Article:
FAQs (Frequently Asked Questions)
What is the Nembutsu and what does it mean?
The Nembutsu is the phrase “Namo Amida Butsu,” which is the primal expression of a Shin Buddhist’s gratitude to the Buddha for the boundless Wisdom and Compassion that has been given to us. The phrase basically means, “I gratefully entrust myself to and rely solely upon the Amida Buddha.” Throughout today’s service and throughout the life of a Shin Buddhist, the recitation and coming to a realization of the true meaning of “Namo Amida Butsu” is just as important as breathing or the continuing flow of blood throughout one’s body. During our services, we formally recite the Nembutsu three times, but this is as a matter of convenience and has no religious significance.
What is the difference between Namo Amida Butsu and Namu Amida Butsu?
The term “Namo Amida Butsu” originally came from the Sanskrit phrase “Namos Amita Buddha” and as the teachings spread to China and Japan, the pronunciation remained as close as possible to the Sanskrit original, taking into consideration “national” linguistics and pronunciation for each society. In Japan, the term “Namos” eventually was pronounced “namu,” however the pronunciation of that term as “Namo” in Japanese is closer to the Sanskrit original than Namu. Therefore, in the Hongwanji tradition, we have chosen to use the pronunciation “Namo” while the Higashi Honganji and other Pure Land Buddhists use the “Namu” pronunciation. Either pronunciation is perfectly acceptable.
How do I become a Shin Buddhist?
Anyone can become a member of our Shin Buddhist sangha. There are no restrictions or social barriers prohibiting a person from becoming a follower of the Nembutsu Path. Just come as you are. Many members choose to receive a “Buddhist Name” or Homyo (Hoe-myoe) as a way of showing their commitment to live their lives as Shin Buddhists, however, this is not mandatory. If one does not receive a Buddhist name during their lifetime, they may receive a Buddhist name at their funeral or memorial rites if it is done according to the Shin tradition. But the Buddhist name itself is not mandatory for a person to receive and follow the Nembutsu teaching.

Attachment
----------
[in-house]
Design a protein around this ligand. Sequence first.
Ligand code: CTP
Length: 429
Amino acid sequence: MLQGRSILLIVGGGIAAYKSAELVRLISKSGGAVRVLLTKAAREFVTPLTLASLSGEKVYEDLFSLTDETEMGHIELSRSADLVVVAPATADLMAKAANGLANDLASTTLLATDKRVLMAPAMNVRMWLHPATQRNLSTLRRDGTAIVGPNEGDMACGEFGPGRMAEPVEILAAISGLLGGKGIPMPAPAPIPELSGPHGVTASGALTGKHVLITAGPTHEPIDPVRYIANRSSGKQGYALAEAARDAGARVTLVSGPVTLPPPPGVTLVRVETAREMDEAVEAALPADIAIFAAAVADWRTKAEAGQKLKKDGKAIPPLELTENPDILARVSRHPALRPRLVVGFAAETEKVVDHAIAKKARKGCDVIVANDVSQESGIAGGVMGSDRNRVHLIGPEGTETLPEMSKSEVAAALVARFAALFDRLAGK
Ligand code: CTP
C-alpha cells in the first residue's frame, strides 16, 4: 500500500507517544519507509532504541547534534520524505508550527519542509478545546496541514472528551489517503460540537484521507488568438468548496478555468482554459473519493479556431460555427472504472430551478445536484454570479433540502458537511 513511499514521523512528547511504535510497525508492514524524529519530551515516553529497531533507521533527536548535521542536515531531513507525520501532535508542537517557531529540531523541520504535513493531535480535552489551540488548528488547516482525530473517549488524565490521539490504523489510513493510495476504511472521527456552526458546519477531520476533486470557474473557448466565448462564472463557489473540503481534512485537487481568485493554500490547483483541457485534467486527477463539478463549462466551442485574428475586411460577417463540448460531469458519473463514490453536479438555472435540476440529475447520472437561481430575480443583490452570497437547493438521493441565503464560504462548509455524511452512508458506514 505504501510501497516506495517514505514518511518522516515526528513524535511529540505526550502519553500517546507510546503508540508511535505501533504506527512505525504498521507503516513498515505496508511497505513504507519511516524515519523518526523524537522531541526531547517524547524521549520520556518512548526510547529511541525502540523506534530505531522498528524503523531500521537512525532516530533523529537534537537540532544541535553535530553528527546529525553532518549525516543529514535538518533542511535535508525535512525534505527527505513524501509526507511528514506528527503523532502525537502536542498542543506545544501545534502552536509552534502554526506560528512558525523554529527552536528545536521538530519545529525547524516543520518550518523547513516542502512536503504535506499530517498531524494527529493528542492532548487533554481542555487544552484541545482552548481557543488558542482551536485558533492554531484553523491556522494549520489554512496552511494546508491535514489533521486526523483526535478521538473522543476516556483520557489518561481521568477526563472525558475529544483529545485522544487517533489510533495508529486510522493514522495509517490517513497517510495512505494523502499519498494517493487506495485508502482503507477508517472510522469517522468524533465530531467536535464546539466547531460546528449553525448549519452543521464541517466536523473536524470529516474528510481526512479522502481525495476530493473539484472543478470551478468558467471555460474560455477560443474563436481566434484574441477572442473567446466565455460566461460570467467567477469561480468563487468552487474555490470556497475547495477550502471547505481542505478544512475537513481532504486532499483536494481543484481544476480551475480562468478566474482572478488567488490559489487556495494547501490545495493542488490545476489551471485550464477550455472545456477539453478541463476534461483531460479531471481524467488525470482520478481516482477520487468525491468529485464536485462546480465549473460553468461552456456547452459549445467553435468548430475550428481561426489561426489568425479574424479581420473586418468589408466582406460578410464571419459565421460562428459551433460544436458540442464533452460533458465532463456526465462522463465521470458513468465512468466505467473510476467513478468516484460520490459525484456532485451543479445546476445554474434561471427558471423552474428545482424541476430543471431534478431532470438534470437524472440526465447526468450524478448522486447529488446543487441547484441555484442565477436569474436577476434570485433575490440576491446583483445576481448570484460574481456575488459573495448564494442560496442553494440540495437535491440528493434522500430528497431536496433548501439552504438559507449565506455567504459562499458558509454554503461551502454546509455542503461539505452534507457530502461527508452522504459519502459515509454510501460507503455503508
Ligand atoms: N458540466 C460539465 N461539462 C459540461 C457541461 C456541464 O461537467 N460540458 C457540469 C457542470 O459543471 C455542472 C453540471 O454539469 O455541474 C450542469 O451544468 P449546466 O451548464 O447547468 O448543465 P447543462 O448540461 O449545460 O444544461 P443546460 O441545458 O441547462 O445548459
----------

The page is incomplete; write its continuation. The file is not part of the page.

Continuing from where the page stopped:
How would I receive a Buddhist name or “Homyo”?
In the Hongwanji tradition, the Monshu (the head of the Jodo Shinshu Hongwanji-ha sect of Buddhism) confers Buddhist names on all members, however since it is not possible for him to confer names on all followers throughout Japan and the world, he may designate representatives to act on his behalf in the presentation of Buddhist names. In the BCA, the Bishop is designated as the official representative of the Monshu to present Buddhist names, and in some cases, the Bishop may appoint a BCA minister as his/her representative to present Buddhist names to members.
Why do some people call the beads “nenju” and others call them “juzu” – are they the same?
In some Buddhist traditions and other religious traditions, the “nenju” or “juzu” is used for counting how many times a person recites something. “Ju” means “bead” and “zu” means “counter.” However, in our Shin tradition, since we do not use the “juzu” as an aid for meditation or chanting, we should refer to it as a “nen-ju” – “nen” means “mindful/thinking” and “ju” means beads = beads to keep us mindful of the Buddha.
The traditional strand of the nenju has 108 beads, but today, most lay members carry an abbreviated version with fewer beads for easier carrying. The number of beads is insignificant; however, traditionally, the number of beads on the shorter strands have been in numbers evenly divisible by 108 (usually 54 or 27). Different denominations and traditions have different styles and tassels. When carrying the nenju in your hand, traditionally, you should carry it in your left hand. If you’re wearing a wrist-style nenju, you should also wear this on your left hand.
Why should we wear or carry the nenju or wrist nenju on our left hand?
In the Asian tradition, almost every action and aspect of anything has a special meaning. If you look at the traditional Shin altar, the flowers are placed to the left and the candle is placed on the right side. The left side represents the world of samsara, the world we live in. The flowers, as beautiful as they are on the altar, are dying at that very moment (just as we are). The candle light represents the light of Buddha’s wisdom (teaching).
In the same manner, the left hand represents the world of samsara and the right hand represents the world of Amida Buddha. When we place our hands together in Gassho with the nenju beads surrounding our hands, our two hands (representing the world of samsara and the world of enlightenment) come together as one within the realm of Namo Amida Butsu. Therefore, the nenju (modified or in its original form with 108 beads representing the 108 egotistical desires of humans), should be worn on the left hand as a reminder of the world of samsara we all exist within. Of course, if a person has no left arm or hand or the hand or arm is broken and you cannot carry anything, then it is perfectly acceptable to wear or carry the nenju on the right hand.